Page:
Patients with Becker and Duchenne muscular dystrophy express variable amounts of dystrophin protein. The molecular basis for this variability is not known.
Scientists show that in muscle from Becker patients dystrophin levels negatively correlate with microRNAs predicted to target dystrophin. Seven microRNAs inhibit dystrophin expression in vitro, and three are validated in vivo (miR-146b/miR-374a/miR-31). microRNAs are expressed in dystrophic myofibers and increase with age and disease severity.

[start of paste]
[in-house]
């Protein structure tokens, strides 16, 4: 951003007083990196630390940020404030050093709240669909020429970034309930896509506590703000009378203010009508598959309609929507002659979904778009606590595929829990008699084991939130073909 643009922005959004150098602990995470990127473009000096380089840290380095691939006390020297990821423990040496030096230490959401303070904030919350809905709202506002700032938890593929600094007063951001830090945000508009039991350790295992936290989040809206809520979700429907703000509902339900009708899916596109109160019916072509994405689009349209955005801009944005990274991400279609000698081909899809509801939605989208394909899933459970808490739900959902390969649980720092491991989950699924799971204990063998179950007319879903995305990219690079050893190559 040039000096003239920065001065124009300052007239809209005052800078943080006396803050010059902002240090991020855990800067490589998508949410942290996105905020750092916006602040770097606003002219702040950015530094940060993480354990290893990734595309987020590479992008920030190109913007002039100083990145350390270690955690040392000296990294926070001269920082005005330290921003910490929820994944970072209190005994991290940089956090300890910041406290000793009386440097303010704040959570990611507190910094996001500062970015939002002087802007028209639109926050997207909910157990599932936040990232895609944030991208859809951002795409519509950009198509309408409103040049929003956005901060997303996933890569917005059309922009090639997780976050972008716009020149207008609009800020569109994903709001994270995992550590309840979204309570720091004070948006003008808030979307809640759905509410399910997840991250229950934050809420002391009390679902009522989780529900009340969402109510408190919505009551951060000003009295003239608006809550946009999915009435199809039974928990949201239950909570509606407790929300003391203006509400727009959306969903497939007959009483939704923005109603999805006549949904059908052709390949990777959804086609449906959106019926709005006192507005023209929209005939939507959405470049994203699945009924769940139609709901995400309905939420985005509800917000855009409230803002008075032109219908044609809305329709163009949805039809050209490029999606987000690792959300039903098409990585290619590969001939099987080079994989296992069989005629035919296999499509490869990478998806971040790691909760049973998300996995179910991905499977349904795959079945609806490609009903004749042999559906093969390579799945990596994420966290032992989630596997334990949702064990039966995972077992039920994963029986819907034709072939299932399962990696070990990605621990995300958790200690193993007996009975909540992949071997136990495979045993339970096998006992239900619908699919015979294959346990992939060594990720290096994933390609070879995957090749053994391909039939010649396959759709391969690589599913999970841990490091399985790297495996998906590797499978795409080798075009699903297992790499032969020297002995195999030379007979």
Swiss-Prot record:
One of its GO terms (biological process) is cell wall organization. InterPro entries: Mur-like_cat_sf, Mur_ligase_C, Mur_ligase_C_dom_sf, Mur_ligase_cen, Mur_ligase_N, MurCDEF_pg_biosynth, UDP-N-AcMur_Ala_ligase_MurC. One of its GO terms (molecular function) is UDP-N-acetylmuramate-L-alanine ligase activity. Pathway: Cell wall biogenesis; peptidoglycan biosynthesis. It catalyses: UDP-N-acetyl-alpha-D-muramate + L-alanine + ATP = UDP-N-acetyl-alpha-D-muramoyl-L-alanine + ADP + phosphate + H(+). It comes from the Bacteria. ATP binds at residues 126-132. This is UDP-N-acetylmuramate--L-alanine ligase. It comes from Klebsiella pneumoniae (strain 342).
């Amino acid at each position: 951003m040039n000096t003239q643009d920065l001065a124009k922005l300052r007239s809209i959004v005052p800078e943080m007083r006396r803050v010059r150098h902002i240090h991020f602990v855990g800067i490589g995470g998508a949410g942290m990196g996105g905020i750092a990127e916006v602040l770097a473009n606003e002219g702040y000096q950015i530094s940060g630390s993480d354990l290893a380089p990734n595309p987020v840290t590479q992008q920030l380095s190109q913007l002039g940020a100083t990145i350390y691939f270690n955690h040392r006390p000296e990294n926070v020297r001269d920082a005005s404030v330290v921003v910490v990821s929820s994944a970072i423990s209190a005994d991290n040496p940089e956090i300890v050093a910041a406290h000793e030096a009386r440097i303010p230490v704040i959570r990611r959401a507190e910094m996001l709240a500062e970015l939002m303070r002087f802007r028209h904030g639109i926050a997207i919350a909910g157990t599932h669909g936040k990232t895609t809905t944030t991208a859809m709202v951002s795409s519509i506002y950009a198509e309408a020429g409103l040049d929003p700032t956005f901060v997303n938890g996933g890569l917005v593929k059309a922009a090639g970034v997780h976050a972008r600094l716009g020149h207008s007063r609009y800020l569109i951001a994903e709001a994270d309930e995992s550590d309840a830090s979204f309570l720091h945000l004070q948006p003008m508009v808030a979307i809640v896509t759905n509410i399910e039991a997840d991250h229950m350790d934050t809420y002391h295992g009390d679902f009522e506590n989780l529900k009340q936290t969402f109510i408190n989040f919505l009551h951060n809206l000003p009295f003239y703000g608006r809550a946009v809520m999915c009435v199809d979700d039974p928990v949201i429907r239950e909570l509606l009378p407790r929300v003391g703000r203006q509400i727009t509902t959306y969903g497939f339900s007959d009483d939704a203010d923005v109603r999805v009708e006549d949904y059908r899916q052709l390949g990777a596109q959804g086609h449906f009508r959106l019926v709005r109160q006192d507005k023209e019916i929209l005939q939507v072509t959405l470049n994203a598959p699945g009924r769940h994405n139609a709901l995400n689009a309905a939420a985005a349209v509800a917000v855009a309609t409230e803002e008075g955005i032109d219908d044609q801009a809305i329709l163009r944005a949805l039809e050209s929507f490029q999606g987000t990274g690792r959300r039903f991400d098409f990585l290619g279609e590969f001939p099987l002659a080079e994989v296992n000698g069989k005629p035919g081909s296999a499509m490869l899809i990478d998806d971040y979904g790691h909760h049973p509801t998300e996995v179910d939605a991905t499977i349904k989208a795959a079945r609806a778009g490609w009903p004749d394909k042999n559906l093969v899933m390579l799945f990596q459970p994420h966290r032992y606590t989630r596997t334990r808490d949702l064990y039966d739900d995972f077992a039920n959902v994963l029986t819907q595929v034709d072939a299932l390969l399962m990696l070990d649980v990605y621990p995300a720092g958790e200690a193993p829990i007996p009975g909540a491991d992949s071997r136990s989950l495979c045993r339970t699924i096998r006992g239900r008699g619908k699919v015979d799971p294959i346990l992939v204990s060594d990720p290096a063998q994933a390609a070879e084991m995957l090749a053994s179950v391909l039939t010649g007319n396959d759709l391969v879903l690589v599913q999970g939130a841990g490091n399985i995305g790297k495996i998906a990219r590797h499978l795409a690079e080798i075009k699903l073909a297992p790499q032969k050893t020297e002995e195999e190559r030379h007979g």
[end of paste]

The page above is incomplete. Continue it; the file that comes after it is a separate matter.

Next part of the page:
In exon-skipping-treated mdx mice, microRNAs are significantly higher in muscles with low dystrophin rescue.TNF-α increases microRNA levels in vitro whereas NFκB inhibition blocks this in vitro and in vivo. Collectively, these data show that microRNAs contribute to variable dystrophin levels in muscular dystrophy.
These findings suggest a model where chronic inflammation in distinct microenvironments induces pathological microRNAs, initiating a self-sustaining feedback loop that exacerbates disease progression.